Foreigners transform neighborhoods

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Foreigners transform neighborhoods


The streets of Wongok-dong in Ansan, Gyeonggi, resemble a foreign country as two-thirds of the city’s 87,000 population are foreigners. The large foreign community has changed the neighborhood’s businesses. By Kim Jung-yoon

ANSAN, GYEONGGI - There’s an area in Wongok-dong, Ansan, Gyeonggi, in which you can barely tell you’re in Korea.

Exotic signs beckon outside stores on Ansan’s most multicultural street. The vibrant marketplace is filled with foreign workers buying things from abroad or just hanging out.


“Most of the stores here are owned by foreigners, and the foreign workers from around 60-something countries created the market over the past 20 years,” said a real-estate agent in the Ansan Multicultural Village Special Zone. “Without them, there would not be a market created. Almost no Koreans live here.”

Two-thirds of Ansan’s 87,000 populations is non-Korean and a quarter of almost 1,400 stores are owned by foreigners.

The foreign community in this Gyeonggi neighborhood has been swollen by newcomers from emerging Asian economies ranging from India and Pakistan to Indonesia and Vietnam, seeking their fortunes while working on local factory lines. So has the number of businesses they established such as supermarkets and restaurants.

Ansan is just one Korean community where foreigners have moved into what was once a totally homogenous society.

The number of foreigners living in Ansan has risen from 30,784 from 55 countries in 2007 to 41,179 from 56 countries in 2010 and 58,100 from 67 countries as of June 2013, according to Ansan City Hall. Around 70 percent of all residents in the multicultural special village in Wongok-dong in Danwon-gu, Ansan, are foreigners.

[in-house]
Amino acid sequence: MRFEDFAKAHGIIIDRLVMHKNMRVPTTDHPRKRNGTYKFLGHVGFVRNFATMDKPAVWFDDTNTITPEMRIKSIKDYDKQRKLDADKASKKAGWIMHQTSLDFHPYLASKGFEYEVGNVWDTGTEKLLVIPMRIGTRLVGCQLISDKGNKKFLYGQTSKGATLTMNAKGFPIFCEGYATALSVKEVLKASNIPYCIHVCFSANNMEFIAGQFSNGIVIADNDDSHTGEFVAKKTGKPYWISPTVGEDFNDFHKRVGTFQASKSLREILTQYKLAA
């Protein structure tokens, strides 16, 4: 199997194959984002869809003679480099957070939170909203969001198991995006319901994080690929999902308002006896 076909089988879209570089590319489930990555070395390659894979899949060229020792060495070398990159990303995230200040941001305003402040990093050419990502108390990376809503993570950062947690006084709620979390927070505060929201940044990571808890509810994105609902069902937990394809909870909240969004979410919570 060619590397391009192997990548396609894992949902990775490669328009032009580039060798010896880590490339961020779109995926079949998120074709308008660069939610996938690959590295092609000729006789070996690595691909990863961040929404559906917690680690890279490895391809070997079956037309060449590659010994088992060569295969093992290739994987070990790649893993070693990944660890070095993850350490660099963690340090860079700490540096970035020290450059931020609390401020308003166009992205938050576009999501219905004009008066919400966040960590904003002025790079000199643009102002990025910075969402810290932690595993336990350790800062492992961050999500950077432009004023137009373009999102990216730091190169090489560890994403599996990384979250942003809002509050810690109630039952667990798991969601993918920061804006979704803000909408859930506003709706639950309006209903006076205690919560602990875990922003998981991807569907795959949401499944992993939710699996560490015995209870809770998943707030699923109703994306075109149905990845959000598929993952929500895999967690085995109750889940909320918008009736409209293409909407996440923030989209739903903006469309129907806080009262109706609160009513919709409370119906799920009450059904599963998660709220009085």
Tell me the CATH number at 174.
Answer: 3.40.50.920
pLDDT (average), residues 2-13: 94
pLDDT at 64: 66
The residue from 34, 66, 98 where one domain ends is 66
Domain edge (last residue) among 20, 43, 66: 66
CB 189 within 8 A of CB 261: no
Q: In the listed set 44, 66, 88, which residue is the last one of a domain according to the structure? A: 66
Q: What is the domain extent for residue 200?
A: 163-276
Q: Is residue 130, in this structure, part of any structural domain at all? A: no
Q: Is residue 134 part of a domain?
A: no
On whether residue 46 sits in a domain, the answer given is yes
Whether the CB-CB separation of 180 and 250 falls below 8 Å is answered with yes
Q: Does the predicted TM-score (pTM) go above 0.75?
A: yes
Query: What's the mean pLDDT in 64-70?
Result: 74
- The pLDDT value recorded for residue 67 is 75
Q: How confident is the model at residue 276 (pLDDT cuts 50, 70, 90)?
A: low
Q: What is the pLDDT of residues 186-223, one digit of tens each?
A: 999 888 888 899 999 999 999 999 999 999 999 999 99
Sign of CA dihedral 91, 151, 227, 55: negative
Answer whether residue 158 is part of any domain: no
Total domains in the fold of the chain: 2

According to research conducted on economic trends in the commercial area of the multicultural village between July 4 and Aug. 20 by the Ansan Migrant Community Service Center, 11,996 foreigners accounted for 70 percent of the economically active population while 5,146 Koreans accounted for the remaining 30 percent.

The number of businesses in the multicultural village are 1,368, and 349 are foreign establishments. As foreigners flocked to the town, monthly rents and jeonse, or two-year housing contracts, have also been rising.

The foreign residents and workers have also expanded to nearby Siheung-si, Gyeonggi.

The business landscape of other areas has been changing as well, particularly in Seoul.

As of the end of August 2013, the number of foreign residents in Korea was estimated to have reached nearly 1.54 million, according to the Ministry of Justice.

As a result, in areas where foreigners live, commercial establishments are targeted at them.

This has long been the case in Itaewon, Korea’s leading foreign town; Seorae Village, a small French enclave in Banpo-dong; Dongbu-Ichon-dong, home to many Japanese residents; Hannam-dong, where a large German community lives; and Garibong-dong, where ethnic Koreans from China have created Yanbian Village.

“We started as a small international grocery store in Itaewon, but a lot of Koreans visit the store as well,” said a shop owner at the Foreign Food Mart in Itaewon. “Now that our sales have grown, we’re even considering making it a franchise, and many Koreans have shown interests.”

The market opened in 1993 and became known through word of mouth. Consumers can find sauces and spices from many countries.